For love or money – survey finds high income more important than intrinsic rewards in job satisfaction
For Love or Money?
All of us who work make choices about what criteria are most important in a job. Rewarding work and career advancement have traditionally outweighed simply earning a high income for many people. But since the early 1970s, earning money has become more important to many workers than intrinsic rewards.
Management consultant Charles N. Weaver and psychologist Michael D. Matthews compared workers’ responses to surveys conducted in the early 1970s and the early 1980s by the National Opinion Research Center. At both times, men chose what they considered to be the most important aspect of a job from five possible criteria.
In the early 1970s, 53 percent listed interesting and meaningful work as their preference. The next most popular choice was a job offering opportunities for advancement. Providing a high income only ranked third, followed by job security and short work hours.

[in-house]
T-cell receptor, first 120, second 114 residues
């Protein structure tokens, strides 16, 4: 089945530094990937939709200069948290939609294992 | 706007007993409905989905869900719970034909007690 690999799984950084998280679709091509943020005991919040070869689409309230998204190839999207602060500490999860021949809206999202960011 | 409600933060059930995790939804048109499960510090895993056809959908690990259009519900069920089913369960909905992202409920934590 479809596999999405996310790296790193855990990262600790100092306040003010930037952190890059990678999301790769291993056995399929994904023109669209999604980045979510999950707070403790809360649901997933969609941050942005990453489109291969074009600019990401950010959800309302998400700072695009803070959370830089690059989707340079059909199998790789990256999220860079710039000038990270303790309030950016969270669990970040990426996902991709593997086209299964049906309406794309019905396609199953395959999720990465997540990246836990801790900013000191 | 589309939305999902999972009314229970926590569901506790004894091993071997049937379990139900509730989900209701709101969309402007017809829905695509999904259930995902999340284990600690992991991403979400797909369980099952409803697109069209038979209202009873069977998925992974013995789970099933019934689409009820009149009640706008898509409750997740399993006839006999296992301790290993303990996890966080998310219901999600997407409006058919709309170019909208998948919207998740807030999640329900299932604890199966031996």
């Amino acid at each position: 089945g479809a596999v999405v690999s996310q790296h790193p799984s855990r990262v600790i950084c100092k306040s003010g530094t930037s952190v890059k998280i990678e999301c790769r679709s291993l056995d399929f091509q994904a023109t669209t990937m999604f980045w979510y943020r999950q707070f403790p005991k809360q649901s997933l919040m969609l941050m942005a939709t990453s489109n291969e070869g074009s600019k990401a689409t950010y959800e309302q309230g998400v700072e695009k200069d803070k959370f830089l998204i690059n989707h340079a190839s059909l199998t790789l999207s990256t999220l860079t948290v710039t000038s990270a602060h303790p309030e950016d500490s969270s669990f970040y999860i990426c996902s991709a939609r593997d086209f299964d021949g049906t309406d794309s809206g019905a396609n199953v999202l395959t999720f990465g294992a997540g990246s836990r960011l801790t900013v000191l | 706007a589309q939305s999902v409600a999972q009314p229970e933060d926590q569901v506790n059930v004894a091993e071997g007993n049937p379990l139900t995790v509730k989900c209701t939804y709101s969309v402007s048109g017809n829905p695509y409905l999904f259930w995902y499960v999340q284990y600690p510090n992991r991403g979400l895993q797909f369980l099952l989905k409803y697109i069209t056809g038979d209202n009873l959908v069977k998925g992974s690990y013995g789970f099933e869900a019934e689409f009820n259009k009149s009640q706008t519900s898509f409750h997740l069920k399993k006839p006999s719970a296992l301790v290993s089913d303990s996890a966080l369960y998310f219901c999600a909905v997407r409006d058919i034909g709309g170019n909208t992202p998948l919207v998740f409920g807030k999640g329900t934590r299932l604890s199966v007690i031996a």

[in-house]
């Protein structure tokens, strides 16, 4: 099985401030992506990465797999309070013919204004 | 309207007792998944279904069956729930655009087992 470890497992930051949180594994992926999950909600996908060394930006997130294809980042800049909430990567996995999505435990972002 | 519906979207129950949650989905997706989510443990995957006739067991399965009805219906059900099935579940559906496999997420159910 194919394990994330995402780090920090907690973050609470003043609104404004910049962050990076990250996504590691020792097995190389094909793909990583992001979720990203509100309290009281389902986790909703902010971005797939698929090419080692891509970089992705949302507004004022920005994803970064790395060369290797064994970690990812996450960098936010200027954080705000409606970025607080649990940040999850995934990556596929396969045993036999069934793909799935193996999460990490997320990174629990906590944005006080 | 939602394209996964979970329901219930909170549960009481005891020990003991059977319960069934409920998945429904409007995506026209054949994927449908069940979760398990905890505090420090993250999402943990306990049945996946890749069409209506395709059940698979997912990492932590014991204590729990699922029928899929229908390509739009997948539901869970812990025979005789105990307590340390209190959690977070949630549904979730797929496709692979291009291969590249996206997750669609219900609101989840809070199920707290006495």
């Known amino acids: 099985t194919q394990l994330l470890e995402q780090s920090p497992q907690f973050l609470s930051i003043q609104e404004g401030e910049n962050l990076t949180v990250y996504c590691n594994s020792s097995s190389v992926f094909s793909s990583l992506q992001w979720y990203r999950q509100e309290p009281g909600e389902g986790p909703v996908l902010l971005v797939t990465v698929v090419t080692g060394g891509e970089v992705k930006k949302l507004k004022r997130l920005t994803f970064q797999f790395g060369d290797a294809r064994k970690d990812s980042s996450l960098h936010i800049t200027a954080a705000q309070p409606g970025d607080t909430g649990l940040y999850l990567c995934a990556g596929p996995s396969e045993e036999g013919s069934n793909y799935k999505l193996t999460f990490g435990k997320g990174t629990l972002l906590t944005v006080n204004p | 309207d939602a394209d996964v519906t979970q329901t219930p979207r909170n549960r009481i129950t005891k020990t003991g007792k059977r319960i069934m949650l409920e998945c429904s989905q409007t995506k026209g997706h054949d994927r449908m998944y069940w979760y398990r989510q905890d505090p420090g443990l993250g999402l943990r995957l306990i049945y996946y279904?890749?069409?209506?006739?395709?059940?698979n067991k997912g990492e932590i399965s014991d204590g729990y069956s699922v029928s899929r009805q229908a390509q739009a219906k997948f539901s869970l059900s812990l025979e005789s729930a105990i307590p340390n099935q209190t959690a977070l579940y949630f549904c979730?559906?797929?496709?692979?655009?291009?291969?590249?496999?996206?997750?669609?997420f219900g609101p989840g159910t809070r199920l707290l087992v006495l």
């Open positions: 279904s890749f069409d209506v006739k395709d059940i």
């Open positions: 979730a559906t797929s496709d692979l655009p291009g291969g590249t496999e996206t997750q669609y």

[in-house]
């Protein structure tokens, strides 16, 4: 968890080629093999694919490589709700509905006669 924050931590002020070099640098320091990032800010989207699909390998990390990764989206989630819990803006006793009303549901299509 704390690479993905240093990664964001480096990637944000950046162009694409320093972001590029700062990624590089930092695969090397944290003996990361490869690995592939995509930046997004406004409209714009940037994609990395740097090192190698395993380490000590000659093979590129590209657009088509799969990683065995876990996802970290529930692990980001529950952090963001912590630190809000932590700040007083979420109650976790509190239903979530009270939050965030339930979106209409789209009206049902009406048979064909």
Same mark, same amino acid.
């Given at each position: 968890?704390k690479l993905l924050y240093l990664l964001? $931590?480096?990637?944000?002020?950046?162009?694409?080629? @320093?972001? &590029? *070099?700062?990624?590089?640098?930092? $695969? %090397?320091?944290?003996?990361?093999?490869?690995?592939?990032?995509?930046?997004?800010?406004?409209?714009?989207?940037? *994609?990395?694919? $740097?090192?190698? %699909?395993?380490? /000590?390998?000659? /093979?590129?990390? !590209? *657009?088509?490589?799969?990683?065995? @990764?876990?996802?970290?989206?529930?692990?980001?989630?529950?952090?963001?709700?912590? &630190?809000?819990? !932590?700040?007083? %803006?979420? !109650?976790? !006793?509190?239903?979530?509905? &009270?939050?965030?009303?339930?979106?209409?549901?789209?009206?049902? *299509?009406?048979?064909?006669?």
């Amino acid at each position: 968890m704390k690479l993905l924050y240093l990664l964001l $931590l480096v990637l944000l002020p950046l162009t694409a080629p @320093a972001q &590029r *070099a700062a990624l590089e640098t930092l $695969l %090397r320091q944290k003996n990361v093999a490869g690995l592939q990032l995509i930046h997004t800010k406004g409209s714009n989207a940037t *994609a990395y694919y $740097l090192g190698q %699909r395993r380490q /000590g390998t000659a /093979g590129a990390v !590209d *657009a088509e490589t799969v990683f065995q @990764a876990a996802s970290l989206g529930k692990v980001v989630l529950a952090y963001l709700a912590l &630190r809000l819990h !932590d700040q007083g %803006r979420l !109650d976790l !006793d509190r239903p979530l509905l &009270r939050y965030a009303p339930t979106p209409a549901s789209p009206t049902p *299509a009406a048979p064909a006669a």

When the researchers analyzed the responses of working men to the same questions in the early 1980s, they found that although a rewarding job was still the most popular choice, fewer than half of those questioned listed it as their most important requirement. High income, on the other hand, rose in importance, ousting career advancement for second place, Weaver and Matthews report (Personnel, Vol. 64, pp. 62-65).
The increasing preference for high-paying jobs rather than intrinsically rewarding ones may be only a temporary response to inflation, say Weaver, of St. Mary’s College in San Antonio, Texas, and Matthews, of Drury College in Springfield, Missouri. But they fear it is part of a fundamental shift in attitudes during the past 10 or 15 years toward greater materialism and individualism. Although the researchers did not break workers down by age, they suspect much of this trend is due to the influx of younger workers with more hedonistic values.
COPYRIGHT 1988 Sussex Publishers, Inc.
COPYRIGHT 2004 Gale Group